A garden is a simple place, a small escape from the home, where one can roam at leisure. But there is more, something about its sensuousness gives rise to deeper feelings. In the Decameron and in Augustine's Confessions gardens become representative of the consequences of beauty. But they also serve as catalysts of curiousity, pleasant conversation and as places of renewal in their spring freshness
[...] whatever it is that is distorting our vision, it must emanate from the pear tree” (542). Lydia's speech however, is what is distorting his perceptions. If he trusted his senses he'd still be calling her a “vile strumpet” (541). It was this kind of censure that she feared. While there is no magic or anything unnatural which seeps from the tree there is definitely a quality which invites and entices. So when Lydia scoffs shouldn't do it out here in the garden” (542) the complete opposite is actually the case. [...]
[...] The tale of Alatiel concerns an extremely beautiful girl stranded in a foreign country (where, interestingly enough, she can no longer speak and be understood). The men who see her stare and are seized by her beauty, they talk and think of nothing else and in the end squabble and kill in order to experience her. desire to experience what is forbidden” (Augustine, 23) runs rampant. In the same way, upon seeing a particularly beautiful garden on the third day the Brigata are filled with urge to explore its every detail because it seems a thing of “wondrous beauty” (190). [...]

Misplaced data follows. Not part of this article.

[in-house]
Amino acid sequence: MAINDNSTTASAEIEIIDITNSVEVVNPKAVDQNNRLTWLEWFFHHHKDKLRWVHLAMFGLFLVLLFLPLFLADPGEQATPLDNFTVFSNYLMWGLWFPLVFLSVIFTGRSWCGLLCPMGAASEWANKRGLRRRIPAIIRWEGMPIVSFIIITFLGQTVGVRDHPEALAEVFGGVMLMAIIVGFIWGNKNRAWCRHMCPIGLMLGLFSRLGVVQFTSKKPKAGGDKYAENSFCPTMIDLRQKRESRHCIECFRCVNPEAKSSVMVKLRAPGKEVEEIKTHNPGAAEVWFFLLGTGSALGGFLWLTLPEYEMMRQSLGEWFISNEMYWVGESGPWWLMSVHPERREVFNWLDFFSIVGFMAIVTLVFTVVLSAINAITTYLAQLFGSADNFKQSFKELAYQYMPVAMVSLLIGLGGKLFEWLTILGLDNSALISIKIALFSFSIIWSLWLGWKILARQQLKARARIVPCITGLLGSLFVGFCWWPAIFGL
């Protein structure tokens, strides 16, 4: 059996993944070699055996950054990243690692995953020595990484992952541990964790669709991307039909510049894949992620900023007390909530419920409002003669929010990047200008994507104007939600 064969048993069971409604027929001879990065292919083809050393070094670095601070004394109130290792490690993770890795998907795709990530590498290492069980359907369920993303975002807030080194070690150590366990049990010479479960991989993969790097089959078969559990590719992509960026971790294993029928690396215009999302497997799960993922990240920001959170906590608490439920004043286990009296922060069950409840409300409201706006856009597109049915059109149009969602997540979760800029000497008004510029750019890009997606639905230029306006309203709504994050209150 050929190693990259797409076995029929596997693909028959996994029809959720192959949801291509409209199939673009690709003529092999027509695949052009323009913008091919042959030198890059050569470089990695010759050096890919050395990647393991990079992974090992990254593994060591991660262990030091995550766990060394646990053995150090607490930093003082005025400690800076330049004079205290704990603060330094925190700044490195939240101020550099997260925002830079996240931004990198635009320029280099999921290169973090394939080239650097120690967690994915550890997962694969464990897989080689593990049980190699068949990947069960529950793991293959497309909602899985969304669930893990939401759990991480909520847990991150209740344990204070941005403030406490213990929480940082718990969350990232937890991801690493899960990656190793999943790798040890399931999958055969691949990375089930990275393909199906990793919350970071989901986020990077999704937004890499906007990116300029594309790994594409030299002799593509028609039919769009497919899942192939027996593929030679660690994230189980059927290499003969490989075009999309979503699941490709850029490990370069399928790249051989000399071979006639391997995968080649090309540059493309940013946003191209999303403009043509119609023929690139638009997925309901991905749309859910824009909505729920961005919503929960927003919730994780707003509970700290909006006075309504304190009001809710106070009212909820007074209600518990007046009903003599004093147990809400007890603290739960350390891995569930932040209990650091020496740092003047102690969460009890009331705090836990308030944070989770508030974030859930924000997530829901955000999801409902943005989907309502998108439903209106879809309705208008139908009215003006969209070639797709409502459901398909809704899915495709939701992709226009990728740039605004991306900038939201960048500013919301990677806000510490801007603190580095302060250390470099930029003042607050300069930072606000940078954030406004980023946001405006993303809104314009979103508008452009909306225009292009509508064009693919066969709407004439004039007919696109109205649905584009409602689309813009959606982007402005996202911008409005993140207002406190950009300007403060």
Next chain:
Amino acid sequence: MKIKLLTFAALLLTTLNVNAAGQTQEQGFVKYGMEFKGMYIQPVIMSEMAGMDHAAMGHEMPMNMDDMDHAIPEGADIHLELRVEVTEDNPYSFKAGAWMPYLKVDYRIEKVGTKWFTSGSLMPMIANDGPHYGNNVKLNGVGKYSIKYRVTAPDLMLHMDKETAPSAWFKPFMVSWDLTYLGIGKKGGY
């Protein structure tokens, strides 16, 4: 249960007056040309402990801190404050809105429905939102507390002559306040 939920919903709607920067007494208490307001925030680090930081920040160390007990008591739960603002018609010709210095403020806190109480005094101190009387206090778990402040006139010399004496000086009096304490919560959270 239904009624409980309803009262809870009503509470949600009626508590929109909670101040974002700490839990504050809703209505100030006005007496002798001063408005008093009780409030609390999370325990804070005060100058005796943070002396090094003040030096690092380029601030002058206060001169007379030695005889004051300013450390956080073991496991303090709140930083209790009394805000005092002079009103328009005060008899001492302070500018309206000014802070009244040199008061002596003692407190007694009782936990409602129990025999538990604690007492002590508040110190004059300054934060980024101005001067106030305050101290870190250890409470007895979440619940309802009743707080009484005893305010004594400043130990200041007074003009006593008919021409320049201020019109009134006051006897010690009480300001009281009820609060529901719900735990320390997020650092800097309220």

[...] The tale of the desert is bleak, austere and full of hardship. The very absence of diverting scenery allows for a truer looking within, where mystics seeking closeness to God, the greatest distance between themselves and earthly goods” (Boccaccio 275). Both Augustine and the Brigata are restoring something they could not find at home. Augustine's dismal cry of vile I was, how twisted and filthy, covered in sores and ulcers” (144) is not simply a coincidental echo of the actual physical plague in Florence which the Brigata are fleeing. [...]
[...] Now they are conforming to the standards of ladies only. They go to where they are no danger of being observed” (481) and do what they do not want observed, then they return. Not only are they free from observation, but this place has the added benefit of being delectable and lovely a place as could possibly be imagined” (480). They go to seek pleasure. It is not always observation that is feared as much as harmful speech as is demonstrated by Masetto's experience as a mute. [...]
using our reader.